There is today some 180 mill ion people world wide with visual disability, in need of social, vocational, economic or rehabilitative support services. The number of blind in the world is presently estimated at around 40-45 mill ion (1999) applying the internationally accepted definition of vision less than 3/60 or 0.05 (ICD-9). Taking into account the population growth and aging, this number is growing particularly in developing countries, where more than 90% of the world's blind are found. The above estimate includes about 1.5 million blind children with 500,000 new cases each year. These children are subjected to particularly high mortality, due to their disability and severe infectious/nutritional disorders. Overall, the main causes of blindness in the world are cataract (42 %), degenerative and metabolic diseases (23 %), trachoma (16%), glaucoma (14%), and onchocerciasis and vitamin A deficiency/xerophthalmia (5%). Unless large-scale interventions against these major causes of visual loss are undertaken, the number of blind can be expected to cross 50 million by the year 2000 AD. This figure will double in 2025 unless decisive public health action is taken. India bears 23.3 % of the regional burden of blindness compared to 17.6 % in China. Cataract (51 %) is followed by degenerative disease (26%) amongst the regional burden of visual impairment in India. Looking at the epidemiology of visual impairment, more work and help has to be done in India. It is an irony that India having a long tradition of health care system still suffers the burden of this condition. This lends support to the argument, that the Ayurvedic literatures have not been fully exploited for protective and preventive eye care of the masses.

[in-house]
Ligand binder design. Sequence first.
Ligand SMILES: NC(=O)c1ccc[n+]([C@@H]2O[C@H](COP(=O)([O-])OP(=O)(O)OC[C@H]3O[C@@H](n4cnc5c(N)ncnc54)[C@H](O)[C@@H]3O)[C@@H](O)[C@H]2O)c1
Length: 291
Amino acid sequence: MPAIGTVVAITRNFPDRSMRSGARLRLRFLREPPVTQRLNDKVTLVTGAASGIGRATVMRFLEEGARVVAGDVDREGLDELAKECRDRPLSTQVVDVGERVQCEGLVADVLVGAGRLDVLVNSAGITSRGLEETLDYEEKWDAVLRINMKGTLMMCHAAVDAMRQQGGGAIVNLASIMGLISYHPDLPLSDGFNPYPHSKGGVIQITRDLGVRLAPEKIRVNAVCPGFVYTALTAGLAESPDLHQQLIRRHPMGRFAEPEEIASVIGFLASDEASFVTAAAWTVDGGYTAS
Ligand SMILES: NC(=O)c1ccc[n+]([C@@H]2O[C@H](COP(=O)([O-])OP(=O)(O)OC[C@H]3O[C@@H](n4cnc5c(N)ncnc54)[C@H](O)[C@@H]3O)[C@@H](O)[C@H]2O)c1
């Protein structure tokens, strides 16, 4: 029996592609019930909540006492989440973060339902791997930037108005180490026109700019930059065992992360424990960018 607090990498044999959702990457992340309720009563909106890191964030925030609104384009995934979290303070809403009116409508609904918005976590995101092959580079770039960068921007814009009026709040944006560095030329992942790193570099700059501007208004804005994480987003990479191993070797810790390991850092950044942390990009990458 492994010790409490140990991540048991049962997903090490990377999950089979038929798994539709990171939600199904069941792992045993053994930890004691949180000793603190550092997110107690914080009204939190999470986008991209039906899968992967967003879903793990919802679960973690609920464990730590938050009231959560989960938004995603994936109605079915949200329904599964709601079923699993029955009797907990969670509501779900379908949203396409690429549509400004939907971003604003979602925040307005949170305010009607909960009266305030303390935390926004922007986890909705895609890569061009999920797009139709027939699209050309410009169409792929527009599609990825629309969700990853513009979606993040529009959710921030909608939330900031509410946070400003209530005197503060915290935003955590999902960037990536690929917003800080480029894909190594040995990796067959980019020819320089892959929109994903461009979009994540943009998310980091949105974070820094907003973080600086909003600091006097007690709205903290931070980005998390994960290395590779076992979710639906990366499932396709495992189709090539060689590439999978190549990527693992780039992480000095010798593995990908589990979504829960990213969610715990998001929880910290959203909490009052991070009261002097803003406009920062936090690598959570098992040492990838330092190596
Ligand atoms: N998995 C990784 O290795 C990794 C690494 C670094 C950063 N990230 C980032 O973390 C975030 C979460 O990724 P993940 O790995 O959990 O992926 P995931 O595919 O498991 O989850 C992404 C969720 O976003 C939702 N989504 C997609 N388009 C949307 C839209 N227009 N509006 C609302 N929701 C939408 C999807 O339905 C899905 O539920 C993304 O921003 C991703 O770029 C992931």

Although, Ayurvedic literatures have recorded the use of many natural ingredients in the treatment of ophthalmic diseases, they are all scattered. There has not been a compendium of the ingredients used in this speciality to be used as ready reference material for application.